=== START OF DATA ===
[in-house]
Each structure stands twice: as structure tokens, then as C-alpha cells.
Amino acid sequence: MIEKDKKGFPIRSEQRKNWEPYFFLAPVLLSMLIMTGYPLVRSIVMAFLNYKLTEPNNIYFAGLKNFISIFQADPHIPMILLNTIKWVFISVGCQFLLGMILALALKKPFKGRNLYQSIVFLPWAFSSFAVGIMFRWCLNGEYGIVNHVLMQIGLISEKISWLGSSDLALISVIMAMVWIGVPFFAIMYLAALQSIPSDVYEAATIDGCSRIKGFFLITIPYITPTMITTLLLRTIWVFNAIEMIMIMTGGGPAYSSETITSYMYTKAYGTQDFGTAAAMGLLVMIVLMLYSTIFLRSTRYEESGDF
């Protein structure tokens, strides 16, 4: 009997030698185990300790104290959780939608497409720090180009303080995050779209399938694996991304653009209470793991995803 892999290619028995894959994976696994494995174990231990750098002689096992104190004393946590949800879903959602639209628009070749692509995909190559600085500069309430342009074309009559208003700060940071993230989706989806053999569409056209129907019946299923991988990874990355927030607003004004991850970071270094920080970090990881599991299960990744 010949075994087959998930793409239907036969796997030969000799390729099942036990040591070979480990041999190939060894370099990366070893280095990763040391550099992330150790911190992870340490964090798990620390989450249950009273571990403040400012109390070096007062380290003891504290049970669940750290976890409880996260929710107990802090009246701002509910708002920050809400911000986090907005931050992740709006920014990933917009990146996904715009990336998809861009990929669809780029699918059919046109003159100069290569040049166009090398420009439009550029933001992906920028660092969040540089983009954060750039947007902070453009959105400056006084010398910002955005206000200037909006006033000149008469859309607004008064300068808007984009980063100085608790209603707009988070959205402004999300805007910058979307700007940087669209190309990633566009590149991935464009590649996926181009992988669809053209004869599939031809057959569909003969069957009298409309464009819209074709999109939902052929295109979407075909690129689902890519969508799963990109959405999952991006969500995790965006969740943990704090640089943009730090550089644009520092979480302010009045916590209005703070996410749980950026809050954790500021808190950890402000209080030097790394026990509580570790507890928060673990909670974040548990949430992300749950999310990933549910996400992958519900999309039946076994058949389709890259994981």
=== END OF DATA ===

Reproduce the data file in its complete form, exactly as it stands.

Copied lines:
[in-house]
Each structure stands twice: as structure tokens, then as C-alpha cells.
Amino acid sequence: MIEKDKKGFPIRSEQRKNWEPYFFLAPVLLSMLIMTGYPLVRSIVMAFLNYKLTEPNNIYFAGLKNFISIFQADPHIPMILLNTIKWVFISVGCQFLLGMILALALKKPFKGRNLYQSIVFLPWAFSSFAVGIMFRWCLNGEYGIVNHVLMQIGLISEKISWLGSSDLALISVIMAMVWIGVPFFAIMYLAALQSIPSDVYEAATIDGCSRIKGFFLITIPYITPTMITTLLLRTIWVFNAIEMIMIMTGGGPAYSSETITSYMYTKAYGTQDFGTAAAMGLLVMIVLMLYSTIFLRSTRYEESGDF
């Protein structure tokens, strides 16, 4: 009997030698185990300790104290959780939608497409720090180009303080995050779209399938694996991304653009209470793991995803 892999290619028995894959994976696994494995174990231990750098002689096992104190004393946590949800879903959602639209628009070749692509995909190559600085500069309430342009074309009559208003700060940071993230989706989806053999569409056209129907019946299923991988990874990355927030607003004004991850970071270094920080970090990881599991299960990744 010949075994087959998930793409239907036969796997030969000799390729099942036990040591070979480990041999190939060894370099990366070893280095990763040391550099992330150790911190992870340490964090798990620390989450249950009273571990403040400012109390070096007062380290003891504290049970669940750290976890409880996260929710107990802090009246701002509910708002920050809400911000986090907005931050992740709006920014990933917009990146996904715009990336998809861009990929669809780029699918059919046109003159100069290569040049166009090398420009439009550029933001992906920028660092969040540089983009954060750039947007902070453009959105400056006084010398910002955005206000200037909006006033000149008469859309607004008064300068808007984009980063100085608790209603707009988070959205402004999300805007910058979307700007940087669209190309990633566009590149991935464009590649996926181009992988669809053209004869599939031809057959569909003969069957009298409309464009819209074709999109939902052929295109979407075909690129689902890519969508799963990109959405999952991006969500995790965006969740943990704090640089943009730090550089644009520092979480302010009045916590209005703070996410749980950026809050954790500021808190950890402000209080030097790394026990509580570790507890928060673990909670974040548990949430992300749950999310990933549910996400992958519900999309039946076994058949389709890259994981």